Nguyen Van Quyet, a Grab rider from northern Yen Bai Province, dropped a passenger in Hanoi’s Gia Lam District at around 2 a.m. on July 19. Stabbed and robbed by two assailants, the trip proved to be his last for the company.
“You can take whatever you want! Don’t kill me. I have a wife, two kids and old parents,” Quyet told his perpetrators, who knifed him six times.
In tremendous pain, a shocked Quyet only regained consciousness after two days spent in a coma.
The 36-year-old is not alone in his plight.
In the last few years, dozens of motorbike taxi, or xe om drivers have been attacked or robbed late at night or in the early morning while plying their trade.
Grab drivers in Hanoi’s Hoan Kiem District. Photo by Shutterstock/Julie Mayfeng.
Many have faced severe attack, or have been killed while transporting nocturnal passengers, who turned evil in the blink of an eye.
One of the most formidable cases involved the death of 18-year-old driver Nguyen Cao Sang in Hanoi’s Bac Tu Liem District in September 2019. The poor student, hoping to support his family, was stabbed several times by two passengers who refused to pay for their ride.
In a Facebook group for Grab drivers in Hanoi, including 110,000 members, many have expressed their distress and anxiety over Sang’s story.
“Working at night means many customers could be either partygoers or drunks. Some are ill-behaved and refuse to pay,” according to Nguyen Van Thanh, a Grab driver in Hanoi’s Long Bien District.
Last month, Thanh took a man from Gia Lam Bus Station to Cau Giay District. After the 16-kilometer ride, the customer revealed he had no money.
“He even yelled at me, so I had no choice but to accept the situation. He could have beaten me since we were in a quiet area in the middle of the night. Life comes first,” Thanh recalled.
Remain on guard or quit
Amid fear and anxiety, drivers remain on constant alert to avoid tragedy.
An ideal coping mechanism is to refuse fares that are far-flung or in deserted areas.
Le Hoang Thanh Nghia, residing in Saigon’s District 11, said he always says no to night trips to suburban areas since “they could be a trap.”
“I once took a drunk to Binh Tan District. He took my phone and fled down an alley. Lesson learnt,” Nghia added.
In several Facebook groups for motorbike taxi drivers in Saigon and Hanoi, members update each other on risky locations to stay clear of and tips to identify a criminal.
“Based on my experience, in Hanoi, we should avoid areas under Vinh Tuy Bridge, the end of Lac Long Quan Street, Pham Hung Street, etc,” Hanoian driver Nguyen Van Toan wrote, adding “the most dangerous hours are from 11 p.m. to 4 a.m.”
Normally, canceling a trip hurts their acceptance ratings, which could help drivers earn extra and be prioritized by passengers.
“But a rating is nothing compared to my life,” Toan said, adding he earns up to VND500,000 ($21.68) per night.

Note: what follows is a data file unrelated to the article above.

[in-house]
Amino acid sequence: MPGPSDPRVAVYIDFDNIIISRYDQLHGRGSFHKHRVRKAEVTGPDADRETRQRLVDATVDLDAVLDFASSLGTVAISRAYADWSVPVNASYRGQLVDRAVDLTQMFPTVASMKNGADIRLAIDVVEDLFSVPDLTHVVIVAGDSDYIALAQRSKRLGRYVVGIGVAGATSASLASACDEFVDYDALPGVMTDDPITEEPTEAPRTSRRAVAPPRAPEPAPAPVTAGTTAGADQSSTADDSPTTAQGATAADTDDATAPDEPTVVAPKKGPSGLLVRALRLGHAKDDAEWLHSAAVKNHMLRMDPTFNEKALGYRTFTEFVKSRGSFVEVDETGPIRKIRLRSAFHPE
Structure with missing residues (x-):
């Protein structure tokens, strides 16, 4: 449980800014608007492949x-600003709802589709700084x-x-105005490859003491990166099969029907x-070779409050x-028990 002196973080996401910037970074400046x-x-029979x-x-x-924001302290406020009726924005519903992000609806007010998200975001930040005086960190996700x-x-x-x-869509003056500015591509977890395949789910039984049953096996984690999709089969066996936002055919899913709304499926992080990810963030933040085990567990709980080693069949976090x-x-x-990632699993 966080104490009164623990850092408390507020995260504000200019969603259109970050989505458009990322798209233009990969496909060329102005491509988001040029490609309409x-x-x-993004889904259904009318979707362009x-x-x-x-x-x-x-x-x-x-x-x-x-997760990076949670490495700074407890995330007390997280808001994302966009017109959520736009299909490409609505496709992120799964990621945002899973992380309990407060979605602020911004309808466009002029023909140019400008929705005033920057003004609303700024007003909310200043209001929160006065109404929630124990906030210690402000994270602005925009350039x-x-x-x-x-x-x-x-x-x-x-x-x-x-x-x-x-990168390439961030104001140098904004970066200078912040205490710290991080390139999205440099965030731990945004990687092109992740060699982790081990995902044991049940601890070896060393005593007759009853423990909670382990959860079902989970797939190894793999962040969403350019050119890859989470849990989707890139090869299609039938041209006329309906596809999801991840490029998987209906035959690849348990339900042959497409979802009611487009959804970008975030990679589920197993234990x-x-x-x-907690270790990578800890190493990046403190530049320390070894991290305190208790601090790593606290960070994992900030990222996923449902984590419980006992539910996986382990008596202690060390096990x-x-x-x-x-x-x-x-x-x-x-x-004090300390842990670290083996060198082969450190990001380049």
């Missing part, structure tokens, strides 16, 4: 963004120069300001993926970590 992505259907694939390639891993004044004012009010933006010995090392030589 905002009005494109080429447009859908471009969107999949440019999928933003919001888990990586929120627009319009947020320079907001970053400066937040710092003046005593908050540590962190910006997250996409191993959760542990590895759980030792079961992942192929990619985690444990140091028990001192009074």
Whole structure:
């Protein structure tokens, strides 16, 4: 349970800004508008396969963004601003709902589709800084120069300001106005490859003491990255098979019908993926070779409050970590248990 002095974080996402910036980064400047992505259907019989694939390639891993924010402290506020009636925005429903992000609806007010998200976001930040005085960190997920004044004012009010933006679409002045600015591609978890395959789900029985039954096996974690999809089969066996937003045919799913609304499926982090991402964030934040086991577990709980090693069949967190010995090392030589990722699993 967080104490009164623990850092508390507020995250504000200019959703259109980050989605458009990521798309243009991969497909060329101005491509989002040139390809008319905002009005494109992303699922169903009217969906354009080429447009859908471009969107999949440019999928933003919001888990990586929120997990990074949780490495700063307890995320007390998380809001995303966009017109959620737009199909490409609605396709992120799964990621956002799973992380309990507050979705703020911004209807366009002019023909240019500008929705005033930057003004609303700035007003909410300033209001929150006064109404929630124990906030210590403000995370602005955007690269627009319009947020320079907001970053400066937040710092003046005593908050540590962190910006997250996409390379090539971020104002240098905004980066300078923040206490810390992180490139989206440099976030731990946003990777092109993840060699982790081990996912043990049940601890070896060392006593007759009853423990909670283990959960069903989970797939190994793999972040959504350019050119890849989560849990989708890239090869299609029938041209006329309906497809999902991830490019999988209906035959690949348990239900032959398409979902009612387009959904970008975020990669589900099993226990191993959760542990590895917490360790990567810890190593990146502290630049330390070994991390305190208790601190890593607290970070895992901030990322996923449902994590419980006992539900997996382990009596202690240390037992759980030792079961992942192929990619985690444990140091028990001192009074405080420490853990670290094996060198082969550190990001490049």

A driver waits for passengers at night in Hanoi. Photo by Shutterstock/Miroslaw Gierczyk.
Many drivers do not want to take the risk and hurt their ratings, saying no to small hour custom.
“I used to work at night because it gave me an extra source of income, but after cases of violence were reported I no longer dare. I do not want to be robbed or murdered,” said driver Nguyen Thanh Trung, 43, residing in Hanoi’s Hoang Mai District and working for Be, a domestic ride-sharing firm.
Trung, starting work at 3 p.m. and turning off the application at around 8 p.m., admitted he has earned less since he stopped taking night rides, “but safety comes first.”
Many drivers have little time or choice to be picky when it comes to work.
Nghia, a student at Ho Chi Minh City University of Technology, only has time for his part-time job in the evening, which earns him around VND400,000 ($17.34) per night.
“I feel sorry for drivers who were robbed and attacked. But I cannot stop working at night because I have no time to do anything else,” he said.
With the Covid-19 pandemic having hit many local businesses, many unemployed workers have resorted to becoming motorbike taxi drivers.
“In this time, earning more money is a blessing, so I am okay with night rides, as long as I don’t venture to suspect areas,” said Toan, a former employee at a paper-making firm fired in May due to Covid-19.
When the scorching summer hit Hanoi, many drivers avoided daytime trips with heavy traffic and opted for night time equivalents.
“It grew too hot during the day, so I stopped working from 11 a.m. to 5 p.m. daily. Now I work from 5 p.m. to 11 p.m. instead, which means no more baking sun,” said Nguyen Van Dong, 49.
“The death of night drivers make me nervous, but this is my livelihood,” he added.
Some ride-sharing firms have stepped up to protect employees by providing self-defense training classes.
But these firms see their drivers as partners, which means the companies do not have to pay their social and medical insurance.
Some provide an insurance package covering accidents during trips, which means if drivers are attacked after pressing the “finish” button on their phones, firms could refuse to pay out.
Vietnam’s ride-hailing market was the fourth largest in Southeast Asia last year behind Indonesia, Singapore and Thailand, according to a report by Google, Singaporean sovereign fund Temasek and U.S. management consultancy Bain.
ABI Research estimated the market at $1.1 billion last year and said it could rise to $4 billion by 2025.
But Quyet, after two weeks in the hospital, has decided to give up on his job.
“My husband is still obsessed by the attack, he will return to our hometown and find another job, and stop being a motorbike taxi driver,” his partner said after her husband got discharged.